“I don’t know. I sell honey. I don’t make claims about it, but I put it on my cereal regularly,” said Juttner when I finally pinned him down for a direct answer on the phone one early morning. He was eating breakfast cereal doused with a dose of honey from his 40 hives, which are “scattered all over hell,” mostly in Algiers, Abita Springs, Hammond and Plaquemines Parish.
That may indicate one more less medicinal but nevertheless relevant advantage to honey. It tastes good.
A disclosure: the author is an amateur beekeeper whose “Honey from the Hood” is made by bees hived in Central City. It isn’t commercially available but can be sampled at Dominique’s on Magazine in a cheesecake on the menu or chewed in its natural comb with the cheese plate.
Honey – the gumbo of sweeteners.
Refined and granulated sugar processed by man is essentially sucrose. On the other hand, honey made by bees is a complex biological gel of five different sugars – mostly fructose and dextrose with smaller amounts of galactose, maltose and sucrose. Honey also contains trace amounts of 10 essential minerals and seven natural vitamins compared to granulated sugar with only trace amounts of six minerals and one vitamin.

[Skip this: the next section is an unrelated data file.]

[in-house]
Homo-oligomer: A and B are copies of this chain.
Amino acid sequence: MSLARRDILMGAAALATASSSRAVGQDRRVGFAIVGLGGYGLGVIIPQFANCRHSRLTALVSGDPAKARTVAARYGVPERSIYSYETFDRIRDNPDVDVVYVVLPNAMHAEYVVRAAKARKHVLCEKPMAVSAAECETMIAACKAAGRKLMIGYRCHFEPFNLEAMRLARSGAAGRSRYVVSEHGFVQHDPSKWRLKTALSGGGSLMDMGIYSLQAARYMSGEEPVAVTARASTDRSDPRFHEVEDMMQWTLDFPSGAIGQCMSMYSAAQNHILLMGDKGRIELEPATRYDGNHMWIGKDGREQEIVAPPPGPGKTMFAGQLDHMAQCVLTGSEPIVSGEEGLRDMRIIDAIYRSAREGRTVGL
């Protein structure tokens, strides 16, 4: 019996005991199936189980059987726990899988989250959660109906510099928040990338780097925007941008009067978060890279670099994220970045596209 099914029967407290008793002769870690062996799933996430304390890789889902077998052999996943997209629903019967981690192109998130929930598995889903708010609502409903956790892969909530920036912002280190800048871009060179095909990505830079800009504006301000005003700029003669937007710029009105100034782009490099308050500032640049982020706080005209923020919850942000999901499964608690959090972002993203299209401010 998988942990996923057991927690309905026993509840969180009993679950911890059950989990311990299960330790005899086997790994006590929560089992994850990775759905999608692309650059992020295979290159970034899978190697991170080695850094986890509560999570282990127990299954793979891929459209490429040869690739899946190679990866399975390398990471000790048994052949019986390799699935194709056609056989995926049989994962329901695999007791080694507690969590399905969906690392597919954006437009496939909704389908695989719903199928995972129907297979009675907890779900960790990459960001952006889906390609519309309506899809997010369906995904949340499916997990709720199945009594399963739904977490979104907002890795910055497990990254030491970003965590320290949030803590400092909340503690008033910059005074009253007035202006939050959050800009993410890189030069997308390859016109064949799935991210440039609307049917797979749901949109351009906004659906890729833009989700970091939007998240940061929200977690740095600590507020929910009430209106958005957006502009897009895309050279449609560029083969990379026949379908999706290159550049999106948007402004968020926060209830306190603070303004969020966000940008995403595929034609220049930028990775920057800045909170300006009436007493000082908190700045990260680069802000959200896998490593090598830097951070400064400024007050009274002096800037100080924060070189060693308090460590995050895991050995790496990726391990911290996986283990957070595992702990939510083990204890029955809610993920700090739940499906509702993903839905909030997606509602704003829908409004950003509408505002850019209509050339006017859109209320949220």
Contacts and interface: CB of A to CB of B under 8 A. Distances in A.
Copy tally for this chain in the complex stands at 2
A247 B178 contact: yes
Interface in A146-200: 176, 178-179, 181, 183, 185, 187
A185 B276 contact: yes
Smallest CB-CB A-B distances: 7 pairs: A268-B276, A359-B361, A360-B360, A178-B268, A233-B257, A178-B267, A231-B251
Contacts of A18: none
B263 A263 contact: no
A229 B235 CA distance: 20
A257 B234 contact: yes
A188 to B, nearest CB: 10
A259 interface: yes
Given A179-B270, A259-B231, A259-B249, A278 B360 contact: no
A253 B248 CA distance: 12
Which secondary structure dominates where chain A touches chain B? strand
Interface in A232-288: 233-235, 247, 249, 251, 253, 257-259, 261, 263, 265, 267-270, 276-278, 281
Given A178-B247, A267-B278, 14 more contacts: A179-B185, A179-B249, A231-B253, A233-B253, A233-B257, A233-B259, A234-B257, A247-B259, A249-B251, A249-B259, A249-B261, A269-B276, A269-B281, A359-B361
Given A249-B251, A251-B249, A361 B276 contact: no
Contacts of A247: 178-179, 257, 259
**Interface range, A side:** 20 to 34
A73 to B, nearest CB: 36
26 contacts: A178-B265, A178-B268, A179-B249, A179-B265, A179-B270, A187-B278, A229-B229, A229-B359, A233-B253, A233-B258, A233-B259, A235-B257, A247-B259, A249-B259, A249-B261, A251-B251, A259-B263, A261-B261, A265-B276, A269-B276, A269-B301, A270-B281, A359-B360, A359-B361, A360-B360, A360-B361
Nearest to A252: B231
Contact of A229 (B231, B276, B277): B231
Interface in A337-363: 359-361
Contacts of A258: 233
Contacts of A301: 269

Green Honey Glow Mask
(to promote tight, glowing skin)
4 cups fresh spinach
1 cup fresh mint
3 Tablespoons honey
1-inch piece of ginger
1 ripe banana
2 egg whites
Combine spinach, mint and ginger in a food processor to liquid consistency. Add egg whites and mix thoroughly.
Transfer to a porcelain or a glass bowl. Cover entire face and neck using fingertips with about half of the mixture and leave on for 15-20 minutes. Rinse and apply a moisturizer. Will keep, covered in a refrigerator, for about a week.
Source: The National Honey Board